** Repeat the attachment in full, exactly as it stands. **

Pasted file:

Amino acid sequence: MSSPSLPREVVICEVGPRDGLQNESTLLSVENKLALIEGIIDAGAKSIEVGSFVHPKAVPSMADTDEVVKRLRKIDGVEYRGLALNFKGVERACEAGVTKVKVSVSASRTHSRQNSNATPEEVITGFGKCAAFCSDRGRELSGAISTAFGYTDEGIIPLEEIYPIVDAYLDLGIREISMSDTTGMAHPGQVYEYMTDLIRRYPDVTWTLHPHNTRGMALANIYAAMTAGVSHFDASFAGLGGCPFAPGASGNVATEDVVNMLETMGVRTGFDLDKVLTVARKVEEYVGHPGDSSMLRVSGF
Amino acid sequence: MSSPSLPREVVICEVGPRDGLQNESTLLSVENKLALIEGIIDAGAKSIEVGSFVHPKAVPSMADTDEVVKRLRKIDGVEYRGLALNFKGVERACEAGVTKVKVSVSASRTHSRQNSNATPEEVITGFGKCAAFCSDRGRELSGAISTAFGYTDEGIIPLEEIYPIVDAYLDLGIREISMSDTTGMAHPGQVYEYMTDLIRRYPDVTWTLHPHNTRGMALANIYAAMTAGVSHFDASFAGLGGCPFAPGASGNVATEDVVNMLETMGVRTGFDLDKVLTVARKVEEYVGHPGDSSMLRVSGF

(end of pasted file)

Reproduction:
Amino acid sequence: MSSPSLPREVVICEVGPRDGLQNESTLLSVENKLALIEGIIDAGAKSIEVGSFVHPKAVPSMADTDEVVKRLRKIDGVEYRGLALNFKGVERACEAGVTKVKVSVSASRTHSRQNSNATPEEVITGFGKCAAFCSDRGRELSGAISTAFGYTDEGIIPLEEIYPIVDAYLDLGIREISMSDTTGMAHPGQVYEYMTDLIRRYPDVTWTLHPHNTRGMALANIYAAMTAGVSHFDASFAGLGGCPFAPGASGNVATEDVVNMLETMGVRTGFDLDKVLTVARKVEEYVGHPGDSSMLRVSGF
Amino acid sequence: MSSPSLPREVVICEVGPRDGLQNESTLLSVENKLALIEGIIDAGAKSIEVGSFVHPKAVPSMADTDEVVKRLRKIDGVEYRGLALNFKGVERACEAGVTKVKVSVSASRTHSRQNSNATPEEVITGFGKCAAFCSDRGRELSGAISTAFGYTDEGIIPLEEIYPIVDAYLDLGIREISMSDTTGMAHPGQVYEYMTDLIRRYPDVTWTLHPHNTRGMALANIYAAMTAGVSHFDASFAGLGGCPFAPGASGNVATEDVVNMLETMGVRTGFDLDKVLTVARKVEEYVGHPGDSSMLRVSGF